Saturday, November 30, 2013

Trouble With Take-Up

The past ten days have been filled with baking, cooking, roasting, and dog sitting. Cakes, pies, sauces, turkey, potatoes, salads, and the regular dog walks. A fabulous way to spend time.

I spent the earlier part of November spinning and knitting. I finished spinning 2 pounds of wool/mohair roving that I’d purchased in October. I spun 6 skeins of 3-ply yarn. That means I filled 18 bobbins with singles. A marathon, of sorts.

As I spun the last 3 bobbins of singles, I noticed that the drive band on my trusty little Reeves upright wheel was looking ragged; it was fraying and going to break any second. Before spinning the very last bobbin, I took the pre-emptive step of changing the drive band. I cut off the old cotton band, and replaced it with a linen string. Now, I’ve changed bands on this wheel many times without mishap. But I’d never used linen before. Just cotton.

I merrily started spinning the last of the fiber for this large project. The first few minutes went as smoothly as always, but then I started having trouble with the take-up tension: the singles were not going on to the bobbin. How annoying.

Take-up tension – how hard the wheel is pulling on the yarn you are spinning – is simply a matter of friction. If the take-up tension isn’t right, then one of two things is wrong: either you have too much friction where you shouldn’t have friction, or you don’t have enough friction where you should have friction. Solving the problem is just a matter of friction trouble-shooting.

Because I’d just – just – changed the drive band, I assumed that it was the likely culprit. My first step was simply to tighten the drive band (thereby increasing the friction of the drive band on the whorl and bobbin). That did not work. No amount of tightening had any effect on take-up tension. How could that be?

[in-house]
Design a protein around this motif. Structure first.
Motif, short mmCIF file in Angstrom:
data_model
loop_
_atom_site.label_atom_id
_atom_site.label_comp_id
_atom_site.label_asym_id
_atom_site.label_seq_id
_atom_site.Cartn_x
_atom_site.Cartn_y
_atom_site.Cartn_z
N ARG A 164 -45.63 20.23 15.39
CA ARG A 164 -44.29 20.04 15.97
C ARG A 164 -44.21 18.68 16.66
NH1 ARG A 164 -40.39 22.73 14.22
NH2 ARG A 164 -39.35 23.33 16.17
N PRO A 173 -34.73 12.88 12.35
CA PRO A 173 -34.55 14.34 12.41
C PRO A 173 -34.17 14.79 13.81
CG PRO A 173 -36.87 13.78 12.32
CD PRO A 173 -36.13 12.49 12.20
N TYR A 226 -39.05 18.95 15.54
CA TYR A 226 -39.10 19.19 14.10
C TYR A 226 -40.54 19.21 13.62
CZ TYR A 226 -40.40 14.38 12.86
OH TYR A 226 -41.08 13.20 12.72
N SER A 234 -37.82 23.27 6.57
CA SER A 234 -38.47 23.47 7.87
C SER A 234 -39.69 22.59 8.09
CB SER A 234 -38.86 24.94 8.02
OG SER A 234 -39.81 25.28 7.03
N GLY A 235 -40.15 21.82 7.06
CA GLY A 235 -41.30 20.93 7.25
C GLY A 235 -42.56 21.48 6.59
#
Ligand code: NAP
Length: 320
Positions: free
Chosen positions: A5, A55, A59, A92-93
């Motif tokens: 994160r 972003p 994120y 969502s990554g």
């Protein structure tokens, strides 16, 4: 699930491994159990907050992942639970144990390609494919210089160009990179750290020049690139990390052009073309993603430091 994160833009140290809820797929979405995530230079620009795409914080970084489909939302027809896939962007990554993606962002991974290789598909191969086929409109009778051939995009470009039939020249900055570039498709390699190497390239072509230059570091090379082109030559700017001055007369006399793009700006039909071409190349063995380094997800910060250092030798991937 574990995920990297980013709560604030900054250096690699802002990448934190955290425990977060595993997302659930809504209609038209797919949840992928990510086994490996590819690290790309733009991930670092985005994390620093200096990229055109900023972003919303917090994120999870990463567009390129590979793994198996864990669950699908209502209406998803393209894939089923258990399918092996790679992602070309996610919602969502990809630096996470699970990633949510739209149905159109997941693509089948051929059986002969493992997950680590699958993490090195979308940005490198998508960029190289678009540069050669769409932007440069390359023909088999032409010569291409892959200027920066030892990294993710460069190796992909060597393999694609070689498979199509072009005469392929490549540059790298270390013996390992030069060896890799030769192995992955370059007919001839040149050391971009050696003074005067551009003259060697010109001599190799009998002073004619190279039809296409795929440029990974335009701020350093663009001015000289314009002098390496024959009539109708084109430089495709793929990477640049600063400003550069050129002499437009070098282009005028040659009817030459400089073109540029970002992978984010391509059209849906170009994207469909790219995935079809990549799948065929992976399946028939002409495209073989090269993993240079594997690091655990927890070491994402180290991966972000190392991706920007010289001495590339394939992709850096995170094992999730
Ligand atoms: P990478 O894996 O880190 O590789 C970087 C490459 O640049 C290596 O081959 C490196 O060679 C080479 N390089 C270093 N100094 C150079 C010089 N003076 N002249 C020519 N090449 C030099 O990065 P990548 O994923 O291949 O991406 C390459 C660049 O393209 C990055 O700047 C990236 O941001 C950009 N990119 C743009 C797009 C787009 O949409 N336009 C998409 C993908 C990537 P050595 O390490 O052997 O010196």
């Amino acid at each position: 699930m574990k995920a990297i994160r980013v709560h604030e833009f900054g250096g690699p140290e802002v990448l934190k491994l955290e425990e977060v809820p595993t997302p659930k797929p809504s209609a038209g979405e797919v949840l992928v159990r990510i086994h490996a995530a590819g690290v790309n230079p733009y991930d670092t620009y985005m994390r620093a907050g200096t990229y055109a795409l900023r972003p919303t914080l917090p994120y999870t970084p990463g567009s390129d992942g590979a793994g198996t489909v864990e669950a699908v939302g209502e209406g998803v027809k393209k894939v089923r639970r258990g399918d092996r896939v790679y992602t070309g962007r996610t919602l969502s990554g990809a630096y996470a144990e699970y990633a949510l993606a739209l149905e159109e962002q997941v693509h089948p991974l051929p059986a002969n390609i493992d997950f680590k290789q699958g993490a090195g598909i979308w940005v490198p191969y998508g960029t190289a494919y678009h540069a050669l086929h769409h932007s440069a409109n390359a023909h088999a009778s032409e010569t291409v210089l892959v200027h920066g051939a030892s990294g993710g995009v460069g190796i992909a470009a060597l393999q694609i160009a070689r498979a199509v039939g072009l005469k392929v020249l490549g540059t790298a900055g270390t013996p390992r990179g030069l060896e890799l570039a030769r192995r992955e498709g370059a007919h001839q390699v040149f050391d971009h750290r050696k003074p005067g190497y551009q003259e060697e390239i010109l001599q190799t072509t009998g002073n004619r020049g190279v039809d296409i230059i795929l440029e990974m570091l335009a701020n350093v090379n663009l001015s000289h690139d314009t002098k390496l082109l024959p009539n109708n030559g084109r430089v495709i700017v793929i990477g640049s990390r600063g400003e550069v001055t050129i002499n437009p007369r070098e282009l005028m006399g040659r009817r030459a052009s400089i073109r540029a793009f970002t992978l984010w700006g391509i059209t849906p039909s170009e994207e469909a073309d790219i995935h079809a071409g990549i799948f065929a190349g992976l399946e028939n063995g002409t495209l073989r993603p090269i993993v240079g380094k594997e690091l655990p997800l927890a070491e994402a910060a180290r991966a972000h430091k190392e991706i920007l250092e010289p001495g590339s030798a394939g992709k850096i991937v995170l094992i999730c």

I then considered that the linen string was not a good choice for the drive band (insufficient coefficient of friction, perhaps?). So, I changed the drive band again, using a cotton string instead.

Still, the take-up tension was wimpy. Sheesh! I had only one more bobbin to fill. I was so very close to finishing this spinning project. How frustrating.

Since it appeared that my problem was not the drive band, I considered the possibility of there being friction where there shouldn’t be friction. I removed flyer, unwound the whorl, removed the bobbin, wiped off the shaft of the flyer, and re-oiled the flyer. I was about to put the bobbin back on the flyer but decided to examine the bushings on the bobbin. Nothing obvious. I then got out a q-tip cotton swab and poked it into the ends of the bobbin. Whoa! I cleared out a gob of grimy fiber out of each end of the bobbin!

After I re-oiled the bobbin and put the bobbin-flyer back in place, all was right with the world . . . and with my take-up tension.

In all my years of spinning, I’d never had this happen. This gob in the bobbin. In my assumption of the guilt of the drive band I overlooked a simpler problem. Here’s hoping I won’t do that again. Systematic trouble-shooting is better than assuming.